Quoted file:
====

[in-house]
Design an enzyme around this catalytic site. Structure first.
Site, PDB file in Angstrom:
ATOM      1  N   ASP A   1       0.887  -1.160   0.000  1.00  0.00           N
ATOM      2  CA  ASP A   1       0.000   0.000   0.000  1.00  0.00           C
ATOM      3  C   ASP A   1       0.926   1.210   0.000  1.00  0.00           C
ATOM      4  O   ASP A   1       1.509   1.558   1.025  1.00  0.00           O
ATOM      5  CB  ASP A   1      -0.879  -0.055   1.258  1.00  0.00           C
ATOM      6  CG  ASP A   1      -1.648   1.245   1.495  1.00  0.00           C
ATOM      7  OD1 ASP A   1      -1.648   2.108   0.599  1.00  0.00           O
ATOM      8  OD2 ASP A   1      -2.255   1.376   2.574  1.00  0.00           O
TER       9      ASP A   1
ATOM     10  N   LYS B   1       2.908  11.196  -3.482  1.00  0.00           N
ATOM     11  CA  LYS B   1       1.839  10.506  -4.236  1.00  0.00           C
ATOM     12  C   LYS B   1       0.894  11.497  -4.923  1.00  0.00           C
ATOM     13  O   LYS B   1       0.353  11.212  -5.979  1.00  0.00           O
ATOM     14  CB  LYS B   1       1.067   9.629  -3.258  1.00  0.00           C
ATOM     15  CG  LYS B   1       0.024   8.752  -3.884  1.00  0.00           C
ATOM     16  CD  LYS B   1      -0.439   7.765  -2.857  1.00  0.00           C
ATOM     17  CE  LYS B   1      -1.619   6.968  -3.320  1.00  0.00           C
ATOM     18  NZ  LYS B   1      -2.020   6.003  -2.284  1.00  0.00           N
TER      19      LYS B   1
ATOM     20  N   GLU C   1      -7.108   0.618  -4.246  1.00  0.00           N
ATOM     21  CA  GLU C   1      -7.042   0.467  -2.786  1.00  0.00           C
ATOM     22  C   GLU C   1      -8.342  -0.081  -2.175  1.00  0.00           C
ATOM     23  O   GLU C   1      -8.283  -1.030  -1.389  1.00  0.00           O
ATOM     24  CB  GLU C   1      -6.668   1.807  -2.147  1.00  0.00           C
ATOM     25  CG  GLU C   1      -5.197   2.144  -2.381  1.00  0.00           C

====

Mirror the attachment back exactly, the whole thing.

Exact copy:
[in-house]
Design an enzyme around this catalytic site. Structure first.
Site, PDB file in Angstrom:
ATOM      1  N   ASP A   1       0.887  -1.160   0.000  1.00  0.00           N
ATOM      2  CA  ASP A   1       0.000   0.000   0.000  1.00  0.00           C
ATOM      3  C   ASP A   1       0.926   1.210   0.000  1.00  0.00           C
ATOM      4  O   ASP A   1       1.509   1.558   1.025  1.00  0.00           O
ATOM      5  CB  ASP A   1      -0.879  -0.055   1.258  1.00  0.00           C
ATOM      6  CG  ASP A   1      -1.648   1.245   1.495  1.00  0.00           C
ATOM      7  OD1 ASP A   1      -1.648   2.108   0.599  1.00  0.00           O
ATOM      8  OD2 ASP A   1      -2.255   1.376   2.574  1.00  0.00           O
TER       9      ASP A   1
ATOM     10  N   LYS B   1       2.908  11.196  -3.482  1.00  0.00           N
ATOM     11  CA  LYS B   1       1.839  10.506  -4.236  1.00  0.00           C
ATOM     12  C   LYS B   1       0.894  11.497  -4.923  1.00  0.00           C
ATOM     13  O   LYS B   1       0.353  11.212  -5.979  1.00  0.00           O
ATOM     14  CB  LYS B   1       1.067   9.629  -3.258  1.00  0.00           C
ATOM     15  CG  LYS B   1       0.024   8.752  -3.884  1.00  0.00           C
ATOM     16  CD  LYS B   1      -0.439   7.765  -2.857  1.00  0.00           C
ATOM     17  CE  LYS B   1      -1.619   6.968  -3.320  1.00  0.00           C
ATOM     18  NZ  LYS B   1      -2.020   6.003  -2.284  1.00  0.00           N
TER      19      LYS B   1
ATOM     20  N   GLU C   1      -7.108   0.618  -4.246  1.00  0.00           N
ATOM     21  CA  GLU C   1      -7.042   0.467  -2.786  1.00  0.00           C
ATOM     22  C   GLU C   1      -8.342  -0.081  -2.175  1.00  0.00           C
ATOM     23  O   GLU C   1      -8.283  -1.030  -1.389  1.00  0.00           O
ATOM     24  CB  GLU C   1      -6.668   1.807  -2.147  1.00  0.00           C
ATOM     25  CG  GLU C   1      -5.197   2.144  -2.381  1.00  0.00           C